We can also begin putting in steps to keep ourselves motivated, without the will it/will not question hanging over our heads. Of course, there is always the change it will turn around. But let's think of that as a bonus.
Until then, let's look at what we can do to stay motivated...
Be kind to yourself
Those who have done my psychology course know that I am big in the idea of a nurturing coach who is understanding, kind and encouraging (but still pushes you).
What would a nurturing coach say at this time? They would probably say something along the lines of "of course you have lost motivation, all the races are disappearing. It is impossible to maintain the same level of motivation so stop beating yourself up about it."
Maybe you do dial your workouts down to 90%. So what? It does not make you a weak person. It merely reflects that a key part of your motivation strategy - the goals - has been temporarily taken from you.
In the same way that you could not maintain the same speed if you suddenly had to ride the bike leg on a mountain bike, we need to accept that maybe we will be a little less motivated and that is okay.
On a similar line, maybe you should genuinely ease off.
Endurance training, especially marathon running and IRONMAN pushes our body to the limit. That's not great when we potentially have a dangerous virus to fight off.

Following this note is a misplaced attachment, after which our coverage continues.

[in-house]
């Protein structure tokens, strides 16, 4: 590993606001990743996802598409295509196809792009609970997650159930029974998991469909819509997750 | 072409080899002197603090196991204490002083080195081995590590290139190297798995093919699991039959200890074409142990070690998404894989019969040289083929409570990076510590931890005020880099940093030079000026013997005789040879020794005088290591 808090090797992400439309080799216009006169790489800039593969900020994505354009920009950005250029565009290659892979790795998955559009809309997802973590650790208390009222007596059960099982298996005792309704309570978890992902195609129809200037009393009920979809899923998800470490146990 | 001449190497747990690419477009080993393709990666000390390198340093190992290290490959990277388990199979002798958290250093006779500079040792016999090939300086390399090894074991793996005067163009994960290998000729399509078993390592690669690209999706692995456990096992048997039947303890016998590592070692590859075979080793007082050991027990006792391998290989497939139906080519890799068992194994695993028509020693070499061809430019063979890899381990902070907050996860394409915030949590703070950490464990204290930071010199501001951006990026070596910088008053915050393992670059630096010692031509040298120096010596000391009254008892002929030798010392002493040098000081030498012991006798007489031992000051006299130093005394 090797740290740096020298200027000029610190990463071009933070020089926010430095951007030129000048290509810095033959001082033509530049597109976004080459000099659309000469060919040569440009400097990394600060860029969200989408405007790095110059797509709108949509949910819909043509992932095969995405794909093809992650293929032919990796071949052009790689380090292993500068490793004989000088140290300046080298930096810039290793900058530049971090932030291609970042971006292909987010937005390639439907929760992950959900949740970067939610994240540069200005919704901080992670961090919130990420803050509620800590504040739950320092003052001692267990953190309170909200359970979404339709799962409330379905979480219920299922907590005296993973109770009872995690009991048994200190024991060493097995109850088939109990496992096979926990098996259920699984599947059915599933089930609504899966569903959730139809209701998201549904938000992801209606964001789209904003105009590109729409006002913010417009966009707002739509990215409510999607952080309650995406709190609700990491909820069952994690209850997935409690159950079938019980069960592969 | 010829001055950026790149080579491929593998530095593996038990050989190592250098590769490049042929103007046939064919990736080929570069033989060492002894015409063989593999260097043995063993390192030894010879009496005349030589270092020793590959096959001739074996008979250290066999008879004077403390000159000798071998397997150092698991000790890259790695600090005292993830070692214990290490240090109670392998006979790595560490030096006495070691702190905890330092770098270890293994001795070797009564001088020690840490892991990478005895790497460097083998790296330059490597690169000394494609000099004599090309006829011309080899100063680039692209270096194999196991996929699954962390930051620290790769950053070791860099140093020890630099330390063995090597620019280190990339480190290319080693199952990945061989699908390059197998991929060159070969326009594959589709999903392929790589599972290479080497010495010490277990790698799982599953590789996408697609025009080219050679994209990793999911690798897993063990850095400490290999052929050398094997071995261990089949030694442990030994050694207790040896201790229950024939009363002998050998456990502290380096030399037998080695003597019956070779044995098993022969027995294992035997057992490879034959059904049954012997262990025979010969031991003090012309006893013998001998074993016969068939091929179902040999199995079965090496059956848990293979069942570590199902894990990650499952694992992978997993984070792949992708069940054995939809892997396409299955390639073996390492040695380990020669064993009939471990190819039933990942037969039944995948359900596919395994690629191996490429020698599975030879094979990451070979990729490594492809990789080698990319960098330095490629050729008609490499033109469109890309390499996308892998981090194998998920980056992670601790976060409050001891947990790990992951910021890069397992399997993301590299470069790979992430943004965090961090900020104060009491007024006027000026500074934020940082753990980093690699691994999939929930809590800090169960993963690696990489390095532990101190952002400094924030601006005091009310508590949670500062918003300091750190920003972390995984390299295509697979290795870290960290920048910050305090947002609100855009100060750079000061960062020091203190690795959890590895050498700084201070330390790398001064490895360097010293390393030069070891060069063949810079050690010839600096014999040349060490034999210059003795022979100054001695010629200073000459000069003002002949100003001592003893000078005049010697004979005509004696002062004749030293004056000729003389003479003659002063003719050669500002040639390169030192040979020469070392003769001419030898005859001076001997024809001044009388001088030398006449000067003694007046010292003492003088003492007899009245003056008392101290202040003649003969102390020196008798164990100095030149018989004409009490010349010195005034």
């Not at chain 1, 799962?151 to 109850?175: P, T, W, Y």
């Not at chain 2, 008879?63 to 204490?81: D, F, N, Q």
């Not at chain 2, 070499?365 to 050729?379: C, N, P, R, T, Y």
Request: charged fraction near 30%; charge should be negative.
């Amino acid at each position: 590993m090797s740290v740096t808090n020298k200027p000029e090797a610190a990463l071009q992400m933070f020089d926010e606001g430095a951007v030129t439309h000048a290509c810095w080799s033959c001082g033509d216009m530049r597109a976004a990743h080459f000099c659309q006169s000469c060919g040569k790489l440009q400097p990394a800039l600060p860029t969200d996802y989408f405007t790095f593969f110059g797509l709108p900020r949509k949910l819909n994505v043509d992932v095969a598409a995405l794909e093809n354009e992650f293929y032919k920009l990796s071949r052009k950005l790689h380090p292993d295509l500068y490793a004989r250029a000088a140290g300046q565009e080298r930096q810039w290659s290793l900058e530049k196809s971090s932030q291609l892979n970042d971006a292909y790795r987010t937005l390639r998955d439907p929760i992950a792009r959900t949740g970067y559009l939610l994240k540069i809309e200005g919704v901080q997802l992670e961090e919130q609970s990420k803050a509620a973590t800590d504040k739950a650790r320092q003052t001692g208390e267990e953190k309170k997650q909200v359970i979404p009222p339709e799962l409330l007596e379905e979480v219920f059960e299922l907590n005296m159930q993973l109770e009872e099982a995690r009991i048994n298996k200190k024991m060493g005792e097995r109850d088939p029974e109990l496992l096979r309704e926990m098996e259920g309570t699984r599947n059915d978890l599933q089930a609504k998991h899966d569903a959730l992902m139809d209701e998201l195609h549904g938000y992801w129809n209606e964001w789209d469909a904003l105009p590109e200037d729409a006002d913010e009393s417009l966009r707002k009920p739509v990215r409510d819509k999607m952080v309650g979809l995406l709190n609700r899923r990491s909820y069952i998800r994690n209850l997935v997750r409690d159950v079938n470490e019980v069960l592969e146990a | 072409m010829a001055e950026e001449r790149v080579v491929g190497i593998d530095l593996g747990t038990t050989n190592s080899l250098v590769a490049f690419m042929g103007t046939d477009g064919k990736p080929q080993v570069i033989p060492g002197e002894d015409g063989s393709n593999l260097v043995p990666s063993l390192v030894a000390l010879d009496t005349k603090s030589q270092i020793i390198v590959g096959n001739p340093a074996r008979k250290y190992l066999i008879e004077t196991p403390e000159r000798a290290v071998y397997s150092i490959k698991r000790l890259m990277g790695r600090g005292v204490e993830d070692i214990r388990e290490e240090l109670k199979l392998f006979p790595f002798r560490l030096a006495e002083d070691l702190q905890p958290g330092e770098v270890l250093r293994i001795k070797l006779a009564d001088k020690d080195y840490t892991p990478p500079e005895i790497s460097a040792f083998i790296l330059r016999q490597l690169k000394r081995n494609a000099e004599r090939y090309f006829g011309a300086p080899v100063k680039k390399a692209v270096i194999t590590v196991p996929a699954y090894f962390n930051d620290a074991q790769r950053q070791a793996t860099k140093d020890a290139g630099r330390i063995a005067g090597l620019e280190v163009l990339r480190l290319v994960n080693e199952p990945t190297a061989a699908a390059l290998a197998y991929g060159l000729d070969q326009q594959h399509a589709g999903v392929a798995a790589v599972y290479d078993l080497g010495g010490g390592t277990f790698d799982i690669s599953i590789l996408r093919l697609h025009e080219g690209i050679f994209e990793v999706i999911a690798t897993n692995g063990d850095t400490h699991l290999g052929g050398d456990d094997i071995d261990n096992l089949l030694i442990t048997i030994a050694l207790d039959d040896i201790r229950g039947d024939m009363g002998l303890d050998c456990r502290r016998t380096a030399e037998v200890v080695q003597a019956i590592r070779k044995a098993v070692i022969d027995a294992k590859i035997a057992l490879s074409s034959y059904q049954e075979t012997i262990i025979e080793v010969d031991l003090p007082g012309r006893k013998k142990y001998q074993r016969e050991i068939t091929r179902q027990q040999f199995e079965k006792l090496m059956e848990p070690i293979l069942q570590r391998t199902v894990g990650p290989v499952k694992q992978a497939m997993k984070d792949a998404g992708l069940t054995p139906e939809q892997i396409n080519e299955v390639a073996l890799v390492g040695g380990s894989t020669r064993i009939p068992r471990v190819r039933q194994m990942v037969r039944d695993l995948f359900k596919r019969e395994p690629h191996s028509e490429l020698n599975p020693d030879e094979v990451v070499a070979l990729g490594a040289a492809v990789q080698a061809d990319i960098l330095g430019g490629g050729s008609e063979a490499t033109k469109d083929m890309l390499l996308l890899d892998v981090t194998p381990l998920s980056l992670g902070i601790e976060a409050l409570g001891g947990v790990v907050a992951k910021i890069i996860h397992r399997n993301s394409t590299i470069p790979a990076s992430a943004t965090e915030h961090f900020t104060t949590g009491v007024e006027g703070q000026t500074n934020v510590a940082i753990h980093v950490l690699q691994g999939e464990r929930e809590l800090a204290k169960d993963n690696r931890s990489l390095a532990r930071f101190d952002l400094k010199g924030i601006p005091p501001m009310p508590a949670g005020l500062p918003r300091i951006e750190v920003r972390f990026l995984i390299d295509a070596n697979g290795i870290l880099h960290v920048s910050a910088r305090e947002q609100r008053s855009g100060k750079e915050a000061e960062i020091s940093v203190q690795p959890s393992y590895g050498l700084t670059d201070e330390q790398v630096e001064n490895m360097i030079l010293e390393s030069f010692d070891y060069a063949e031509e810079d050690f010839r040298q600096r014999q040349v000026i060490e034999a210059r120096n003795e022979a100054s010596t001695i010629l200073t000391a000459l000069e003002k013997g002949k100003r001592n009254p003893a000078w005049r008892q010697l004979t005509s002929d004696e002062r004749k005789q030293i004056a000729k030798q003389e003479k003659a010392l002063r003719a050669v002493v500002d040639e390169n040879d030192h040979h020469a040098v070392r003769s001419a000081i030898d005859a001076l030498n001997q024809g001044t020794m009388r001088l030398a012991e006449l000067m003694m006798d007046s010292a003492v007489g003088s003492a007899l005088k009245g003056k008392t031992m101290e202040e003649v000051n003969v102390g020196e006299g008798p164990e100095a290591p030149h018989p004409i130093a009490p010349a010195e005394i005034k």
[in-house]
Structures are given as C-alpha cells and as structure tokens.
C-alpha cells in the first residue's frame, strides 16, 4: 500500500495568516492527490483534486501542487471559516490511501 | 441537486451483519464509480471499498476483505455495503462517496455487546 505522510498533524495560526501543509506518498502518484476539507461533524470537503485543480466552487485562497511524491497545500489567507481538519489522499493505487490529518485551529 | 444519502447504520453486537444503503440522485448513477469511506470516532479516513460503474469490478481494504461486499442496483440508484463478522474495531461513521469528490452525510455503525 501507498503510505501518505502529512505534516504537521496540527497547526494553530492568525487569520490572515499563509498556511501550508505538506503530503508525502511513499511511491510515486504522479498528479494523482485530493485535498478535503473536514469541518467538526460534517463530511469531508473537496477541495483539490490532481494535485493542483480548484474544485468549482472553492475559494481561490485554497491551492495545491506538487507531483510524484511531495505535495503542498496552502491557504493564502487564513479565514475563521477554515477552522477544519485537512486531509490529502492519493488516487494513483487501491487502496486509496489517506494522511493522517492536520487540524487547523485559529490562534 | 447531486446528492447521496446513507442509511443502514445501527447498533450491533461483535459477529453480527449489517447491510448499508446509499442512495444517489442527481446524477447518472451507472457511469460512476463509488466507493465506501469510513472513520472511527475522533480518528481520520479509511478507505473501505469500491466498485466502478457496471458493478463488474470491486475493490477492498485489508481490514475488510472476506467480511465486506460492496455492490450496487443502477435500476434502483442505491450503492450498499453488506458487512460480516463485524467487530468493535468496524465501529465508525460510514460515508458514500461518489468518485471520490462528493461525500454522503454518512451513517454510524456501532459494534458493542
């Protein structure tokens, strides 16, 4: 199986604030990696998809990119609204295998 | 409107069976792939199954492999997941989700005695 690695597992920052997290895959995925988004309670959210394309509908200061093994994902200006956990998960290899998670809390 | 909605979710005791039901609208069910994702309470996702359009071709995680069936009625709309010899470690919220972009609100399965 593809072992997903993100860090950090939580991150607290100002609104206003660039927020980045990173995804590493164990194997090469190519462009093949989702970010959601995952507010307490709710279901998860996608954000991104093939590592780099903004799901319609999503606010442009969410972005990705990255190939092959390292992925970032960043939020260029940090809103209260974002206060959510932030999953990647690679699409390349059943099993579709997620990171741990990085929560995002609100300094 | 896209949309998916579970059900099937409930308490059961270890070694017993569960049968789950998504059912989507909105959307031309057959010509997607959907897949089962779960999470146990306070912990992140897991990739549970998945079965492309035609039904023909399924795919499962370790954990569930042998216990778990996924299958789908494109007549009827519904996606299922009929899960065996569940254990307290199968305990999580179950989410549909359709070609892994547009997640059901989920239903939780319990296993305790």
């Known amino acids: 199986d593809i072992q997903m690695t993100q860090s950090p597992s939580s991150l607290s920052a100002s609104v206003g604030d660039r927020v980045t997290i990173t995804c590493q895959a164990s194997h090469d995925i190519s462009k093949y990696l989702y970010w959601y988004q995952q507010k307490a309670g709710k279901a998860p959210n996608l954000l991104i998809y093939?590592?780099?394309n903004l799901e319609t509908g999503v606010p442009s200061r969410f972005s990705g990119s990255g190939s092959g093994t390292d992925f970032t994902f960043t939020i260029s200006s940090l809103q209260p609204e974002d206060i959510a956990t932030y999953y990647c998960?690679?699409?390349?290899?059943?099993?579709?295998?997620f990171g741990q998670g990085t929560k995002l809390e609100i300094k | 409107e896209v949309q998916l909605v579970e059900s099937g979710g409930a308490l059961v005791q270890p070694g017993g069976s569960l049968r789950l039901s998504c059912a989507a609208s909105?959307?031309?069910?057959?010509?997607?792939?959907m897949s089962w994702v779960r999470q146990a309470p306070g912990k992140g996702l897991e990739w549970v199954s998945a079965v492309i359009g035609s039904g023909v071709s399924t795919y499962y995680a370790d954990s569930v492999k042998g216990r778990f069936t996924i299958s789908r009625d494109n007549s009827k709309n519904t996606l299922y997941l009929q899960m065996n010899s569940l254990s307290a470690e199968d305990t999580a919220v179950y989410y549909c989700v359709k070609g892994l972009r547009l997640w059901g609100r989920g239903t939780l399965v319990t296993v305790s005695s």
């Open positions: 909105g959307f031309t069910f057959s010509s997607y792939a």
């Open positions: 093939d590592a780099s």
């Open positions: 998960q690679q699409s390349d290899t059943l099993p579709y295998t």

The ideal level of exercise for maintaining and building our immune system is 20-45 minutes three times per week1. As triathletes, we typically do much more than this.
So, if you do take it easier, enforce a few rest days per week, and reduce some volume, you are making a sensible decision to keep your body safe.
Most clubs have cancelled all outside activity.
But that does not mean there is nothing going on. There are plenty of group rides of Zwift, and competitor Real Grand Tours has announced that they are making the premium features available for free during the pandemic.
Many clubs are organising their own events or getting together on public events. For example, the club I coach at is picking specific Zwift workouts to join, and we are holding a voice chat using Discord so we can keep each other company.
Discord has been working surprisingly well. You will need a headset: I connect my Aftershokz headphones to my phone and I could hear everyone. They also have a built-in microphone to eliminate the noise of my trainer. This was perfect, although if you do not have this setup, it is more difficult to hear.
Join group classes
Even if you are not part of a club, there is still plenty of group classes to join in.